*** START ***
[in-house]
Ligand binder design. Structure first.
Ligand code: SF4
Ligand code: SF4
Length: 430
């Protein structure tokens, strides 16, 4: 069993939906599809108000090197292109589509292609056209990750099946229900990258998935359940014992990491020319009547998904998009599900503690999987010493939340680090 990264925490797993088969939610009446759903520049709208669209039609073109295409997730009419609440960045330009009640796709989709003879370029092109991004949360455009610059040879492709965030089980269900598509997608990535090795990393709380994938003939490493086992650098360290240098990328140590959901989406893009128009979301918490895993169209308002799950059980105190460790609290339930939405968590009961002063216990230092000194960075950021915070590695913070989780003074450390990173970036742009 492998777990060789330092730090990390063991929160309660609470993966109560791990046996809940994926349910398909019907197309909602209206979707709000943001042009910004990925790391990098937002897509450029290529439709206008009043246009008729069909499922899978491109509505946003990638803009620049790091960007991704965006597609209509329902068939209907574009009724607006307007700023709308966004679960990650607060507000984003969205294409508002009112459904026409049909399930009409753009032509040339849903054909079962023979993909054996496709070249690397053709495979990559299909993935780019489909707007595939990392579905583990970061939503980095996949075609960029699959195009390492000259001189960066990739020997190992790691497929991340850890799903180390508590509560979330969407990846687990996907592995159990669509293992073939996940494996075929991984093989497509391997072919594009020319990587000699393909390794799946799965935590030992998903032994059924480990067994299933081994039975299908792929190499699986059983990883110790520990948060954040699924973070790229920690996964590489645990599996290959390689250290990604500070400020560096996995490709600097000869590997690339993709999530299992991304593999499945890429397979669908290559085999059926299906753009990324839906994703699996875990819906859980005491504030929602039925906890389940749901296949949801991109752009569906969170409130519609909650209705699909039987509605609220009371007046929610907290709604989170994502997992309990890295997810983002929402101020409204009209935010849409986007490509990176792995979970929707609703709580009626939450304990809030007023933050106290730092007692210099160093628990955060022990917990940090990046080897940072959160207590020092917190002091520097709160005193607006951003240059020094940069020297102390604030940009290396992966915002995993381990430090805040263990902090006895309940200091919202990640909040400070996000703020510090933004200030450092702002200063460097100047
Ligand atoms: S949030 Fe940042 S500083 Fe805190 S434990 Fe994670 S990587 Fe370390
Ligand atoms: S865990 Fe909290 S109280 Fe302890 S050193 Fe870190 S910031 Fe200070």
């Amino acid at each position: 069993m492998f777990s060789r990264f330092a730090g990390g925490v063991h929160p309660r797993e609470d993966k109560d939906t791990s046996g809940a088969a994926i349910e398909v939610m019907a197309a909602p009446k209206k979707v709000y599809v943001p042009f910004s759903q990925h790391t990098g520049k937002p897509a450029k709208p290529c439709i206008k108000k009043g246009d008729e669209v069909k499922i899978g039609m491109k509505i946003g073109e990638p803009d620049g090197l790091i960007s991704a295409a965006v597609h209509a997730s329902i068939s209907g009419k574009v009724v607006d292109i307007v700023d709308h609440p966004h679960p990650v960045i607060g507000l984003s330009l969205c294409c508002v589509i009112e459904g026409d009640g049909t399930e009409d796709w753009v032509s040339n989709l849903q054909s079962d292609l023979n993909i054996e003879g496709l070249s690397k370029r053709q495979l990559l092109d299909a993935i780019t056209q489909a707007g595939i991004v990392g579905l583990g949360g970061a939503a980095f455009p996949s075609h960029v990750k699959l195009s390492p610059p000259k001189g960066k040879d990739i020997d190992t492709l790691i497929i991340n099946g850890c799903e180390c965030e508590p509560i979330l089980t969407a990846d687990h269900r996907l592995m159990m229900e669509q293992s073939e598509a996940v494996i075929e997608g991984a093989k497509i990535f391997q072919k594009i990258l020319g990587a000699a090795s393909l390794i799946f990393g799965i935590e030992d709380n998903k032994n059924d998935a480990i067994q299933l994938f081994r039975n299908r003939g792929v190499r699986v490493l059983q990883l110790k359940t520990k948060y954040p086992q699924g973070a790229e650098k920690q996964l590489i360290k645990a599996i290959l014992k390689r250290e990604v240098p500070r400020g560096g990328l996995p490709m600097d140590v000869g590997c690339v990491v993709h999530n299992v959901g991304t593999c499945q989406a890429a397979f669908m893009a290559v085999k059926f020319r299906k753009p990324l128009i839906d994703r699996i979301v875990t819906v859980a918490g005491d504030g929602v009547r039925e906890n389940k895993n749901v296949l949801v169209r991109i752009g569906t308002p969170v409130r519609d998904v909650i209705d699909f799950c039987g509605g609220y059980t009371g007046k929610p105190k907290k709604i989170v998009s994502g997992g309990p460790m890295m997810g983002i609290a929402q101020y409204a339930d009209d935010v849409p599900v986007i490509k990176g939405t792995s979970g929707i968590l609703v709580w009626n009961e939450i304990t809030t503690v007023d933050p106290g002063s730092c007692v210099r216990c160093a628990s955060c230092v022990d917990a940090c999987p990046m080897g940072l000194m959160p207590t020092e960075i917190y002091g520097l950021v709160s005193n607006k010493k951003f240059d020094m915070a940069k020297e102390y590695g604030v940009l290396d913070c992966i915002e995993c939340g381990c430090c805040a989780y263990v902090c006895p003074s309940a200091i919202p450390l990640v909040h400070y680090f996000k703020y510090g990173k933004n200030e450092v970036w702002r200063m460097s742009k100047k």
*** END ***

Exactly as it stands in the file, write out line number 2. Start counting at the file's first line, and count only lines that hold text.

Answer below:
Ligand binder design. Structure first.